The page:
By MITCH STACY
The Associated Press
COLUMBUS, Ohio — Can Ohio State quarterback J.T. Barrett become a better passer?
That’s the overarching question at preseason training camp as the fifth-year star works with yet another new offensive coordinator and position coach.
Barrett arguably is the best quarterback to ever play at Ohio State, but his issues with accuracy and decision-making — along with inconsistent play from receivers and the offensive line — contributed to the team’s failings in big games last year, especially the 31-0 loss to Clemson in the playoffs.
New quarterbacks coach Ryan Day was assigned to work with Barrett on accuracy, placement of passes and throwing into coverage. Ohio State practices are closed to media, but those who have watched Barrett in preseason camp note his improvement.
“His accuracy and just his energy level right now is incredible,” coach Urban Meyer said. “He’s providing that energy for everybody. He’s always done that, but I can tell that he’s got complete ownership of everything going on in that offense.”
Barrett has been working with Day on taking more risks and trying to give receivers a chance to get their hands on the ball, instead of tucking and running when nobody appears to be open. Barrett was sent on the run a lot last year when protection broke down. His receivers are mostly unproven but are expected to be better.
“Those guys are not going to always be just wide open, so you have to give them the opportunity to touch the ball,” Barrett said. “Sometimes they’re going to have to make some catches for you, and there are going to be some ugly throws and it’s not going to be perfect, but the simple fact is that you allow those guys to touch the ball and let have a chance to go make plays.”
Barrett passed for 2,555 yards and 24 touchdowns in 2016 and also ran for 845 yards. While the latter number is impressive, his carries often resulted from him scrambling to make something out of nothing. Meyer wants to rely less on Barrett’s feet.
“That’s not an indication things are going well,” Meyer said.
Day, who last worked as an NFL assistant for the San Francisco 49ers and Philadelphia Eagles, likes Barrett’s progress.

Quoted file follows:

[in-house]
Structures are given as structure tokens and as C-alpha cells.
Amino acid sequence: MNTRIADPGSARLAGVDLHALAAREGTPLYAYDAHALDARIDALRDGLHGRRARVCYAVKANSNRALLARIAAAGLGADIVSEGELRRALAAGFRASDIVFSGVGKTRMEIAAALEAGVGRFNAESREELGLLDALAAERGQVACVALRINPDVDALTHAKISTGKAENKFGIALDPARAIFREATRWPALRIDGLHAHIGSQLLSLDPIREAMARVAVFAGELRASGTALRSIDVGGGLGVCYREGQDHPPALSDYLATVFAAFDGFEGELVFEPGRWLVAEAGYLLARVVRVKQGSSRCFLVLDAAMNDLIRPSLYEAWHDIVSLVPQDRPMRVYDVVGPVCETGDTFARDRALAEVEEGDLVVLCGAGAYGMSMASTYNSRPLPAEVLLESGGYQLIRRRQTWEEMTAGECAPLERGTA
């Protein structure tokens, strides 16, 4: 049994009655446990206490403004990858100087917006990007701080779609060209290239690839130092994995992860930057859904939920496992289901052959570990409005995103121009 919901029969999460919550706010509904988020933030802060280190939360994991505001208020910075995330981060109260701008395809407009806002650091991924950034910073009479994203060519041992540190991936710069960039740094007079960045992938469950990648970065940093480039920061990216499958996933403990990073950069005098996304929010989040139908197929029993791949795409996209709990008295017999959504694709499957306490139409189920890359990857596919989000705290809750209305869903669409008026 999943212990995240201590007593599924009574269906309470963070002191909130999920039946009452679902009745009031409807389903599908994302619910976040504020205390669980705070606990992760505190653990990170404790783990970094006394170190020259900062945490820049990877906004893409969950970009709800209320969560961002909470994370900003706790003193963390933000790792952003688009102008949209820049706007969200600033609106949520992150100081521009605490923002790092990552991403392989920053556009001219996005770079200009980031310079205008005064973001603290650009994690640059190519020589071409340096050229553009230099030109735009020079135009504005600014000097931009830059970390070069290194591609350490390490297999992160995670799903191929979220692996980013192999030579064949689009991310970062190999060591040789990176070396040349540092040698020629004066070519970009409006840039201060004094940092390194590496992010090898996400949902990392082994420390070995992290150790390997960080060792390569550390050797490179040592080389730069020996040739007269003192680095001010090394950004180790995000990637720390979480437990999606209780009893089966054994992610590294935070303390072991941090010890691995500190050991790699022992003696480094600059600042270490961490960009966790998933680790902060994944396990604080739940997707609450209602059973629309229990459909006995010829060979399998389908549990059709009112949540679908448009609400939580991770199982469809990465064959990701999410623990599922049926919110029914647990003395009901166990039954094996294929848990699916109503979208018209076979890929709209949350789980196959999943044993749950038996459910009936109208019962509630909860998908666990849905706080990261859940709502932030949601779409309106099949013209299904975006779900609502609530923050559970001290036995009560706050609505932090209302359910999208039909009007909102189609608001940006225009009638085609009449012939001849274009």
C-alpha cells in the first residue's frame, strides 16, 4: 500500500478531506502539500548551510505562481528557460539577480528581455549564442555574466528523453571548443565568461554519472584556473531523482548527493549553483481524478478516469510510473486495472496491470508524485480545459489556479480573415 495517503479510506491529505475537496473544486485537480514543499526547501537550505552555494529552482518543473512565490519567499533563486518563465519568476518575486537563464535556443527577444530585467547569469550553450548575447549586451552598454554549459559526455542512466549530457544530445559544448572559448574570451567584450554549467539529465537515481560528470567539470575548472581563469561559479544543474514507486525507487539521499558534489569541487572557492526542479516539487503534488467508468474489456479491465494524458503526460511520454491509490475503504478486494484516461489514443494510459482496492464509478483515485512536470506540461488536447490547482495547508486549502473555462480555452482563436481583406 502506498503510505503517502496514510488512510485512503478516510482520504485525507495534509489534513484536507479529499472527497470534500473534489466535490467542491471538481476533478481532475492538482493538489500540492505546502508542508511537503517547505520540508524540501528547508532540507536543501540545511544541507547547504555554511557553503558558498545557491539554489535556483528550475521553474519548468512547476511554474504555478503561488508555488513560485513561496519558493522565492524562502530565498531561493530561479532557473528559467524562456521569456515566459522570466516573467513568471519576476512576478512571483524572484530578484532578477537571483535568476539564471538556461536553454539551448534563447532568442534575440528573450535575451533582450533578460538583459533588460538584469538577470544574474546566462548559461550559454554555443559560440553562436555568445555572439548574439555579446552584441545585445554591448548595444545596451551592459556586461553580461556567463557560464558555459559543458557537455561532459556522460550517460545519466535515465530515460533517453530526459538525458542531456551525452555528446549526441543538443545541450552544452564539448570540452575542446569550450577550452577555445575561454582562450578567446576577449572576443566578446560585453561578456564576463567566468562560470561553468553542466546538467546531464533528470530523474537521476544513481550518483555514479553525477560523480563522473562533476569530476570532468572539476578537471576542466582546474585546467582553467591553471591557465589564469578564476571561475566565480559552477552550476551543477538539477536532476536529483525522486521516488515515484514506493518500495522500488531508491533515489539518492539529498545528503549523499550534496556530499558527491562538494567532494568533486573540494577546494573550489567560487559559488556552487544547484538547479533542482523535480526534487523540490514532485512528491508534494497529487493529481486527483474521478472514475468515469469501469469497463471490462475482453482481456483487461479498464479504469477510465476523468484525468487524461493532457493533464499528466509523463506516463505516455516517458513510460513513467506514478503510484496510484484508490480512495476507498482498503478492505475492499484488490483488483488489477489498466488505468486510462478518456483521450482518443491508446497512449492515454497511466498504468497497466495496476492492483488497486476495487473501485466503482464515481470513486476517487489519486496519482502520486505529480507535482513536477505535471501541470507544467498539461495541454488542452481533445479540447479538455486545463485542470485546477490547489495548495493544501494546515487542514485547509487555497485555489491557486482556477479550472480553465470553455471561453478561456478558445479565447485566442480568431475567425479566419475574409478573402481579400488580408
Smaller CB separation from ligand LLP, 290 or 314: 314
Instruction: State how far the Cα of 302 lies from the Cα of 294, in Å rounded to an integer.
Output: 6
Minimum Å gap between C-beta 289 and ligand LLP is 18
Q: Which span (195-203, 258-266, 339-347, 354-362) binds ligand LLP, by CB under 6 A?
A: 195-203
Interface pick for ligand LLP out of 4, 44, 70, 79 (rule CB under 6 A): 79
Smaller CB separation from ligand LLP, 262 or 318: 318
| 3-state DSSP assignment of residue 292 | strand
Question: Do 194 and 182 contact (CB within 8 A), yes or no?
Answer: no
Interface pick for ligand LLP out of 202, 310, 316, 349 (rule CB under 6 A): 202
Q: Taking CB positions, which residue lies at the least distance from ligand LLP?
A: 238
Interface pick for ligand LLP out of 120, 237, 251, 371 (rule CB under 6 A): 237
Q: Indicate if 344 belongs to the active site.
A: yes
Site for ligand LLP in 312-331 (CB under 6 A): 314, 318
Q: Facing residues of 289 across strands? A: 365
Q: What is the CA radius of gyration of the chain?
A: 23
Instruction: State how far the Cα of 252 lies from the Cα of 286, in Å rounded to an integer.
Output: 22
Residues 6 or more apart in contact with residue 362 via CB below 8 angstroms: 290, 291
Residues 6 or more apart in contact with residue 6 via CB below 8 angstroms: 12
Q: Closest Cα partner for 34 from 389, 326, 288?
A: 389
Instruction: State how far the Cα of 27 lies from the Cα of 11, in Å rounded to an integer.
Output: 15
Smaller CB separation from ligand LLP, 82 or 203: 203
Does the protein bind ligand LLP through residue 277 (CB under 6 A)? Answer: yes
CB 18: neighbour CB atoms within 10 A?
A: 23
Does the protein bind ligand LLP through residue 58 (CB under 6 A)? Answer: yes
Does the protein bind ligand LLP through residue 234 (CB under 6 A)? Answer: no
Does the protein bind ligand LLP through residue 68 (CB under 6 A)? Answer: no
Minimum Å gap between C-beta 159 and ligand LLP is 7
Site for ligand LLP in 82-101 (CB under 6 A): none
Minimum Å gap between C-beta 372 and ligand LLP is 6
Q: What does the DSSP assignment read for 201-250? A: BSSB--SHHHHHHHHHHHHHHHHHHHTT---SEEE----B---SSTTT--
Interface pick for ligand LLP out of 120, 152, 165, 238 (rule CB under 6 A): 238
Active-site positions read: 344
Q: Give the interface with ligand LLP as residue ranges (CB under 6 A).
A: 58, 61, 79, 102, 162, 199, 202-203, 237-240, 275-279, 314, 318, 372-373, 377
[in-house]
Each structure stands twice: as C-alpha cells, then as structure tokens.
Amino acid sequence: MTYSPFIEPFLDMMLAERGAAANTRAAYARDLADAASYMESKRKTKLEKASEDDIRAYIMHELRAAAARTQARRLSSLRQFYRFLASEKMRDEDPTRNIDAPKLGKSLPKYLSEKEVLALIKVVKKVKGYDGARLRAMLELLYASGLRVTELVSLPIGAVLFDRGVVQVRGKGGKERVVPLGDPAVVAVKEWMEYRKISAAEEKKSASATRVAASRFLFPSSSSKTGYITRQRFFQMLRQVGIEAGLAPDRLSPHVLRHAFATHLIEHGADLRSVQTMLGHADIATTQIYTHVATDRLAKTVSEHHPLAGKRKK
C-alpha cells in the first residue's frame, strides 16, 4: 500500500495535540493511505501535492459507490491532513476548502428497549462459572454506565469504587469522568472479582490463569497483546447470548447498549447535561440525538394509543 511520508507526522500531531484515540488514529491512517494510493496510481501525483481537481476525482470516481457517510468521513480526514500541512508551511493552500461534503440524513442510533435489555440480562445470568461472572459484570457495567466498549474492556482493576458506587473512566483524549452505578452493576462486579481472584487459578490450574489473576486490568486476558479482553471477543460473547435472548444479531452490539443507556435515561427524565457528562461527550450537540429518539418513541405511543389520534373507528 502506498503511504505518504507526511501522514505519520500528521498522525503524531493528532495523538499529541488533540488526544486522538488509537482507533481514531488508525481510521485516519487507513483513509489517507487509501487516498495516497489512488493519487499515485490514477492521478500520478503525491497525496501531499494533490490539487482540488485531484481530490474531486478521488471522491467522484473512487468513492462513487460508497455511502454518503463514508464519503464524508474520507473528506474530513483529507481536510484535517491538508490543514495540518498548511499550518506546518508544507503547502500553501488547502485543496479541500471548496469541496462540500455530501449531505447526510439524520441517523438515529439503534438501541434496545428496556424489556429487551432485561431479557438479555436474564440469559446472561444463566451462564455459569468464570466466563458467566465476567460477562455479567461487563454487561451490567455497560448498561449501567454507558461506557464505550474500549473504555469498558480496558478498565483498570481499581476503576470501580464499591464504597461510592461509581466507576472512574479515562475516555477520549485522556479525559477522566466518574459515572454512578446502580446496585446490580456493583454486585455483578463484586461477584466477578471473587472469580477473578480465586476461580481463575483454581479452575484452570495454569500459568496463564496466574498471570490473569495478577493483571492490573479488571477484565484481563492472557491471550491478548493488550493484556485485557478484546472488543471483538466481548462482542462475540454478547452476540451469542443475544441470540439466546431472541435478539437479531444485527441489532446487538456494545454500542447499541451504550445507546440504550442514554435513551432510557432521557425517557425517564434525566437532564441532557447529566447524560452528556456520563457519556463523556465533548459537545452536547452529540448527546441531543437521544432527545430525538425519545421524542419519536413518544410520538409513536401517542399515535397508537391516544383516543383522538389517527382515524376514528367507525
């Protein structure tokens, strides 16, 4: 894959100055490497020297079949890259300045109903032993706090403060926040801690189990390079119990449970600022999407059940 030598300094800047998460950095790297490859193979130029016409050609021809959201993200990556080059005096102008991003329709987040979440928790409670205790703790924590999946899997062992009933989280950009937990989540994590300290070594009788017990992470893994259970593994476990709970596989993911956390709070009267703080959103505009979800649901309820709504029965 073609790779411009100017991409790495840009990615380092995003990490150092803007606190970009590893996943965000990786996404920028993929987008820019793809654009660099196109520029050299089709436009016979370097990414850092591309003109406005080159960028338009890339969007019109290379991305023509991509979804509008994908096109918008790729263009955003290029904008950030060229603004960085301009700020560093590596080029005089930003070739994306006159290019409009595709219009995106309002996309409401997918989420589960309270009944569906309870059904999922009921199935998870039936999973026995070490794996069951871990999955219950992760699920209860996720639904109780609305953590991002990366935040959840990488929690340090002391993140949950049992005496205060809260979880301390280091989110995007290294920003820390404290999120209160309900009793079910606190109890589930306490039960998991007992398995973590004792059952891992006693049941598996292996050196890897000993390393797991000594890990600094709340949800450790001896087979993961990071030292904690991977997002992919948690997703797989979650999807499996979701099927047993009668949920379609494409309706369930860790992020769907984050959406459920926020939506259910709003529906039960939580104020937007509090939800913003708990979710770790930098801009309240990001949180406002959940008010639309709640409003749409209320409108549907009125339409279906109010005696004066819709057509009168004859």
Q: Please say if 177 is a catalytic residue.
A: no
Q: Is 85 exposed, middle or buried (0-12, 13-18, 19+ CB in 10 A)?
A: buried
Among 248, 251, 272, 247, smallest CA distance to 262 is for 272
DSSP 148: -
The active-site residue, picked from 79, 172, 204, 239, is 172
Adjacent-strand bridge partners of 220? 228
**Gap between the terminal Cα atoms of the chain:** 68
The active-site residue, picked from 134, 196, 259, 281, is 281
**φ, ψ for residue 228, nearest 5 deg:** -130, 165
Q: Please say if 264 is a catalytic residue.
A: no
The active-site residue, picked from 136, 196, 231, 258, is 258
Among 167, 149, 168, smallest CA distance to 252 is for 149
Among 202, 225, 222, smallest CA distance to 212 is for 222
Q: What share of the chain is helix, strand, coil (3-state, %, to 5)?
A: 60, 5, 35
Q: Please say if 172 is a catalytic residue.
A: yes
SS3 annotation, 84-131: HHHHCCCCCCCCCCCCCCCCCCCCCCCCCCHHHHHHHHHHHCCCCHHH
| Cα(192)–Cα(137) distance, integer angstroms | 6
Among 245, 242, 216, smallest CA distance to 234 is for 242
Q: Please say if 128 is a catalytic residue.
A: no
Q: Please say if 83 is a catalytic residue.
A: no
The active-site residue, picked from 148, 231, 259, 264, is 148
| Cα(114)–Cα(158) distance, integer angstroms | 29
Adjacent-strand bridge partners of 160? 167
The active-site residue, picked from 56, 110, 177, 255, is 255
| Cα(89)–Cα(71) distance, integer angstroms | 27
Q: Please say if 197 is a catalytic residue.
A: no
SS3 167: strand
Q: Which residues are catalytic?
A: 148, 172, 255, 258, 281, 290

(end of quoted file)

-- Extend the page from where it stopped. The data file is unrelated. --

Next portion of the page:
“I’m proud of the command he’s had of the offense and the quick decision-making he’s shown in practice,” Day said. “The ball’s coming out of his hand quickly, he’s confident in what he’s doing, his eyes are right. So the ball’s coming out on time right now, and you can tell that he has a rhythm about him when he’s playing the position.”
The 22-year-old Texan’s name is all over Ohio State record books. He holds all-time marks for career pass completions, touchdowns, passing yards per game, total offense and touchdowns responsible for. This season he’s expected to become the school’s leader in passing yards. He’s 26-4 as a starter.
But college football’s collective memory is short. The last anybody saw of Barrett was him leading the floundering Ohio State offense against Clemson. Over the winter, fans on social media and talk radio wanted to push him aside and give backup Joe Burrow — or even heralded true freshman Tate Martell — a chance. To his teammates, that suggestion couldn’t be more ridiculous.
“People try to be down on him, but he’s such a good dude, a good QB,” receiver Johnnie Dixon said. “He’s a hard worker so I don’t understand that sometimes….I think it’s bizarre, because you see J.T. and yeah, he’s got every record in the book, but at the end of the day that never gets to his head. He’s a worker.”